In September 2012, Rowan and Collette Shulver opened an exciting jewel of a gallery in the South of France – one that combines international contemporary art with an ambitious and community-oriented arts education program. Galerie Sardac is in Lectoure, an hour and a half from Bordeaux, an hour from Toulouse, and six and a half hours from Paris. It’s creation comes at a time when many galleries, artist spaces and museum annexes are popping up off of the mainstream and away from the noise.
The couple renovated the space, former stables for a convent, two years ago. The space has warm inviting light for the artwork, as well as for the participants in it’s Art for Development Program. If you’ve been around the block with respect to gallery and museum visits you know that some spaces work better than others – some are cold, some are gorgeous and fight with the art for attention, and some simply fit like a glove. The Galerie Sardac does that exactly – while beautiful, it has a feeling of history and relevance that few spaces do.
The town used to be a religious center, where people used to stop on their pilgrimages to Santiago. Ironically the art centers and museums today often serve as places of pilgrimage. Where people used to make trips and visit the churches and places of worship first, the museum has become the first stop of orientation for travelers to new destinations. There is comfort in art today that was once found in religion.
Galerie Sardac picks up a tradition starting with contemporary art galleries such as Galleria Continua which opened in the Italian country town of San Gimignano in 1990. A place away from the center of things that carries some of the world’s most revered artists. If you’ve been to San Gimignano in the early 90’s you would know, as I did during my year of living in Italy, that it was a sleepy, quiet town where contemporary art was not necessarily in the local vocabulary. A bold and completely successful move, as Galleria Continua has had great success and has since opened satellite spaces in Beijing and in the Paris countryside.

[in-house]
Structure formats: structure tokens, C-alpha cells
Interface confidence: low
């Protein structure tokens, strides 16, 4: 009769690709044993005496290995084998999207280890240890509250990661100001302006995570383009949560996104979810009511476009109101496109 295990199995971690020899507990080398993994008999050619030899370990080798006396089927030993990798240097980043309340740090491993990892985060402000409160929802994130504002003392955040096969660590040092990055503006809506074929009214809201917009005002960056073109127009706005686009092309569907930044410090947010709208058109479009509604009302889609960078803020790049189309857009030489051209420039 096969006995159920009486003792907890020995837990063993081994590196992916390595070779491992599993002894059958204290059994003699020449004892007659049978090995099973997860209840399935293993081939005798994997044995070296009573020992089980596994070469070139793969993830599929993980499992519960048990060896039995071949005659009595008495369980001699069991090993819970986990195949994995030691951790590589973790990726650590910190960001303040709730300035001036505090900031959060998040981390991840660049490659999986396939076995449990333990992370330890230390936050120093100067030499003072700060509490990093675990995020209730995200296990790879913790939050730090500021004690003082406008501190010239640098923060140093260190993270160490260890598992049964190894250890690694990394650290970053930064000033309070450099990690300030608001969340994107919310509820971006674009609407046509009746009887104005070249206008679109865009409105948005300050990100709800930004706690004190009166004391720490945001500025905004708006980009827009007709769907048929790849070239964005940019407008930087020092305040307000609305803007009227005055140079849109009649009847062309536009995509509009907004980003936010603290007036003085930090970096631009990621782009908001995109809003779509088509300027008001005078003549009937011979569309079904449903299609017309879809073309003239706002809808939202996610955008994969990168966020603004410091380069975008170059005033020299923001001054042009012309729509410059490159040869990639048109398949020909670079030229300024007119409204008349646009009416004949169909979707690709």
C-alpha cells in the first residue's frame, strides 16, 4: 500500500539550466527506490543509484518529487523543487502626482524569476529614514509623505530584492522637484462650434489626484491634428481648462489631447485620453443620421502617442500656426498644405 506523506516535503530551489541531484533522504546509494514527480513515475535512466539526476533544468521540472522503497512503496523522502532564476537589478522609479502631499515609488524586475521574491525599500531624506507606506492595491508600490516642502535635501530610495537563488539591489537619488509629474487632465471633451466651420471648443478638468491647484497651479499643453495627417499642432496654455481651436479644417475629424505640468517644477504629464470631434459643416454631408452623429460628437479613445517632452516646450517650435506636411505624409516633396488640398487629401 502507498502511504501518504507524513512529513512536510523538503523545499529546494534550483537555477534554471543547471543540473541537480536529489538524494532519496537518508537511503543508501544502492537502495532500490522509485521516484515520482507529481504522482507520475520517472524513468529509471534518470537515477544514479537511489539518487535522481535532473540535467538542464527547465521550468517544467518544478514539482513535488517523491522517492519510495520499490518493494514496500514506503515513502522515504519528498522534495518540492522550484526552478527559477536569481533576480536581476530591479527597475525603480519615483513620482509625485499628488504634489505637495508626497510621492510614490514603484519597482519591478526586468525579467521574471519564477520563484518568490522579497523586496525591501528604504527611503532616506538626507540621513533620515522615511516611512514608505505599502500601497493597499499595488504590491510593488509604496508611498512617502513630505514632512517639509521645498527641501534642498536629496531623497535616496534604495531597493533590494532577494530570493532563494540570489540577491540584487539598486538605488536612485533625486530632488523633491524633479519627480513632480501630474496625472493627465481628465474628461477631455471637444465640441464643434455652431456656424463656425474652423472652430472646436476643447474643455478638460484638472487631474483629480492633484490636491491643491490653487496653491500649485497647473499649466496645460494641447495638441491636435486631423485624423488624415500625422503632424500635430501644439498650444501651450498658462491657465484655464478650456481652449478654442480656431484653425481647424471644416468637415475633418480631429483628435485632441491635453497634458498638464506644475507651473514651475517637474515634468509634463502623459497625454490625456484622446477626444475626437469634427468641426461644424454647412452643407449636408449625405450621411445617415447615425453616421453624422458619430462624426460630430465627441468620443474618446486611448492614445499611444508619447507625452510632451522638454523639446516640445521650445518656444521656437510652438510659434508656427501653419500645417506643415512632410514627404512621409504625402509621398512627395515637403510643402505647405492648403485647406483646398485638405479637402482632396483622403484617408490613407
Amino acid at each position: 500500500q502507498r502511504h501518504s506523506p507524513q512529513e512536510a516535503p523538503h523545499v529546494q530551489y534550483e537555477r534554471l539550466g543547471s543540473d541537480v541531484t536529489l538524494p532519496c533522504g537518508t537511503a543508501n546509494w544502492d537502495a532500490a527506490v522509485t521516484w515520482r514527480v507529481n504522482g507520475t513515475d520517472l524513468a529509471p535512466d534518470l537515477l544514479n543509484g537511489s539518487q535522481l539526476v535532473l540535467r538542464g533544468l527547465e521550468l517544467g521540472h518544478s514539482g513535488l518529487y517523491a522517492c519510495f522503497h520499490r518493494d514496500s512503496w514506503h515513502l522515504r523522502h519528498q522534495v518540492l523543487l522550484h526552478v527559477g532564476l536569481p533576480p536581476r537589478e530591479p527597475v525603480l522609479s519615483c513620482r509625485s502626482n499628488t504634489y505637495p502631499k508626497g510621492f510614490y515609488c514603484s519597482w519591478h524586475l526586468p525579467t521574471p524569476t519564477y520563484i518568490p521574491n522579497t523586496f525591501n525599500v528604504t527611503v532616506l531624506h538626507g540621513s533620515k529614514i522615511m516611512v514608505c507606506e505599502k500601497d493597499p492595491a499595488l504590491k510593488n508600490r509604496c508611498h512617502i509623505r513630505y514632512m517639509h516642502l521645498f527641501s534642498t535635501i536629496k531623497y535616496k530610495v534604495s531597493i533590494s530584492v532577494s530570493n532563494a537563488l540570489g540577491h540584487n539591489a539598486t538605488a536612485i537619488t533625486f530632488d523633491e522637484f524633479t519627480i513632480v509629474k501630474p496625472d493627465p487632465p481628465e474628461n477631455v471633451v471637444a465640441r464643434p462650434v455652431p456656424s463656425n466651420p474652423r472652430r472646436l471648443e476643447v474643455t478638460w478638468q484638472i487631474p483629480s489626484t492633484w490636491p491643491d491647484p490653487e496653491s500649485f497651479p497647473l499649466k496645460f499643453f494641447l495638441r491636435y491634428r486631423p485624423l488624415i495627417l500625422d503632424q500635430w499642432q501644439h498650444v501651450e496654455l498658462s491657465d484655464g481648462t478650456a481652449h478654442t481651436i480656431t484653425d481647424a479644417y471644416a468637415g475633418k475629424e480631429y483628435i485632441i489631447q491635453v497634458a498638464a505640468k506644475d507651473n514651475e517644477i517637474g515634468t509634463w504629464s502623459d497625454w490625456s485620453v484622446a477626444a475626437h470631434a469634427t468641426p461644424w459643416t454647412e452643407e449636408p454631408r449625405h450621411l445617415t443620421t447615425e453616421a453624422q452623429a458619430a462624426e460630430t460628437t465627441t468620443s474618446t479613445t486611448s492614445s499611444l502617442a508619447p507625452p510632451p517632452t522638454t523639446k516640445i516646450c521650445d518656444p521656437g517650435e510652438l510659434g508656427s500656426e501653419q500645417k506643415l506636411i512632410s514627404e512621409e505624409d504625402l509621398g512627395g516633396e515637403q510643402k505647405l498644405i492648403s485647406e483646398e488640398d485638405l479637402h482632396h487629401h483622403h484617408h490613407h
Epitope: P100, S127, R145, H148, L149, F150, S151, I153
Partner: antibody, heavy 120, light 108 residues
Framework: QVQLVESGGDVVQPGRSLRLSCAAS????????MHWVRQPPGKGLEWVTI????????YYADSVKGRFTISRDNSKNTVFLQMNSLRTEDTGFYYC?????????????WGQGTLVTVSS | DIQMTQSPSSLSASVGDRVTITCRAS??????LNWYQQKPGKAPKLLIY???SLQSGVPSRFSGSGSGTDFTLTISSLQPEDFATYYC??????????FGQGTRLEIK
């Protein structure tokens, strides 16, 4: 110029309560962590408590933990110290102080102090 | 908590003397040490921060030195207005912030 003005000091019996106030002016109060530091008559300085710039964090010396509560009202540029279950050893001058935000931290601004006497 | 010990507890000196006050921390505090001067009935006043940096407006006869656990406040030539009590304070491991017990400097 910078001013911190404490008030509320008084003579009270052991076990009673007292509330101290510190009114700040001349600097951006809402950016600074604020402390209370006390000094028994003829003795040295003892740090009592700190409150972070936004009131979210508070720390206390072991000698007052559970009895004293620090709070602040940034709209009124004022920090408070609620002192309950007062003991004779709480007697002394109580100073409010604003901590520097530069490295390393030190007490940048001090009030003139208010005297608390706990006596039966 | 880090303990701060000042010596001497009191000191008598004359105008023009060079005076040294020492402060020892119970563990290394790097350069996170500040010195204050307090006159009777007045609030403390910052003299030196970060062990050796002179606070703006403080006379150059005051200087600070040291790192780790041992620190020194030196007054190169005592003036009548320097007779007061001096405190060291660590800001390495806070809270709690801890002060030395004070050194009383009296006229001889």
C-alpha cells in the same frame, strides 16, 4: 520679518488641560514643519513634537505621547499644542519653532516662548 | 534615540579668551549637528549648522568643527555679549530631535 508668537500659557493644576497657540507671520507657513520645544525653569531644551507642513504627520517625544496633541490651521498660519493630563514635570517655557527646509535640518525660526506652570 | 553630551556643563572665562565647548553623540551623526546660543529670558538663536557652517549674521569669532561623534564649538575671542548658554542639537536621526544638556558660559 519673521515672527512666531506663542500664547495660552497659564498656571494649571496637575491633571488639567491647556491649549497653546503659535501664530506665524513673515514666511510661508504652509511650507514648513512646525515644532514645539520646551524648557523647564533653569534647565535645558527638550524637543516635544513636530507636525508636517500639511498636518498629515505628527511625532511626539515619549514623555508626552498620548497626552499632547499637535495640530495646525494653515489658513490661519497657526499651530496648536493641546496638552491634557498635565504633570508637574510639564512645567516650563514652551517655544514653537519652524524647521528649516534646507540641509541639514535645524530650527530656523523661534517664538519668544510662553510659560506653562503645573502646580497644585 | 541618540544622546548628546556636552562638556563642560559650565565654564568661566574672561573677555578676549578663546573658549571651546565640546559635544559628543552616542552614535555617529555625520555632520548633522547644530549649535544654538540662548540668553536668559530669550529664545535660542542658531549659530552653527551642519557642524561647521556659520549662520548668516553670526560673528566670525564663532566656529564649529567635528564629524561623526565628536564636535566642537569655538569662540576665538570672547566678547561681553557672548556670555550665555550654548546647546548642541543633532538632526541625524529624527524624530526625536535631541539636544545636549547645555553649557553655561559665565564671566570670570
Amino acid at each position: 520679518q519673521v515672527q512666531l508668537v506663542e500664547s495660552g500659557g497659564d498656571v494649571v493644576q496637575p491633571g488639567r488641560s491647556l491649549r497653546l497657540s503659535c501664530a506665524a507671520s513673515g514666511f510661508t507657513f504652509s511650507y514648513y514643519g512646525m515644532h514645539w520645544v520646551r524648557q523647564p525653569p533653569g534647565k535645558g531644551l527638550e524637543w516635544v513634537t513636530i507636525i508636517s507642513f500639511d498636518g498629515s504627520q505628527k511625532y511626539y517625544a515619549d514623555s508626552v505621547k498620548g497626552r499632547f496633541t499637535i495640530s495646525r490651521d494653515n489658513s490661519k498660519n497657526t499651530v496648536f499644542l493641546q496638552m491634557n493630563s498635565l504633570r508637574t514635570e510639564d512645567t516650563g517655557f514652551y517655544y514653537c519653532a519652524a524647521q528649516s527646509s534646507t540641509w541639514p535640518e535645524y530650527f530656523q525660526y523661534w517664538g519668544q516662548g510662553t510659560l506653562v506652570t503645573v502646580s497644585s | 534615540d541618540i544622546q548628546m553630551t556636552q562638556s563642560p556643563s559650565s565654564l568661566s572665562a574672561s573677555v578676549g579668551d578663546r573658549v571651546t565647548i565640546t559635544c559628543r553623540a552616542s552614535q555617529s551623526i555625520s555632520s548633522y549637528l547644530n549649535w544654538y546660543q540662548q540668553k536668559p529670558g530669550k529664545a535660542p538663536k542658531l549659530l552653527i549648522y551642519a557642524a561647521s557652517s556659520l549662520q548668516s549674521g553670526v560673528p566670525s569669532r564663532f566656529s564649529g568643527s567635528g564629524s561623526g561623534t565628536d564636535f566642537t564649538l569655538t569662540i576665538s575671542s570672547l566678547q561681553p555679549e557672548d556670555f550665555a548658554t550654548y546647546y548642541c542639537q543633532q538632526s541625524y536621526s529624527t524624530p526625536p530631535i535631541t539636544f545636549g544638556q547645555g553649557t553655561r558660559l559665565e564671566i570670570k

Along with ambitious programming of international artists, the arts education atelier at Galerie Sardac provides another level of engagement in the art, and for the community. Essentially they run art therapy and standard arts classes (e.g. drawing, sculpture) right in the gallery. The regularly changing exhibits create a fantastic springboard for lessons and inspiration to participants. This pioneering program was just awarded a grant from the Credit Agricole, awarded to burgeoning local organizations who are actively participating in the community.
Colette runs the Art for Development program, and when I spoke to her she shared her enthusiasm for the ability to run such a program in a gallery with continually changing exhibitions – a way to “re-visit and re-consider key elements” of the art learning process. She has been running the program in the area prior to the gallery’s launch, and had a show last year of the participants in the local Town Hall. The participants of the program who exhibited ranged in age from 6 to 98 years old. A successful program launch indeed!
Rowan still commutes to London from Lectoure, which allows him to survey the artists he is working with and to scope out new work that would fit the gallery’s programming. He and Colette have lived in NYC, Switzerland and now in France (since 2002). The current show, curated by Rebecca Taber, is of work by Ivan Klapez and Steve Goddard. The artists’ combined work is an inviting mix of sculpture and painting, with a heavy dose of abstraction, and of the figurative. The figurative working as a landing pad for connection, while the abstraction gives sway to the viewers’ emotion and sensibilities.
I believe the location is quite auspicious. Given all of the stimulus of the Internet, crowd-filled museums and queues, and the strang und durm of major cities, some of the best places to consider art and to think freely is where it is quiet. I look forward to a pilgrimage soon.
The quieter you become, the more you can hear. – Ram Dass
Opening Hours: Fri, Sat: 2-6pm
Or by appointment
8 rue de jules sardac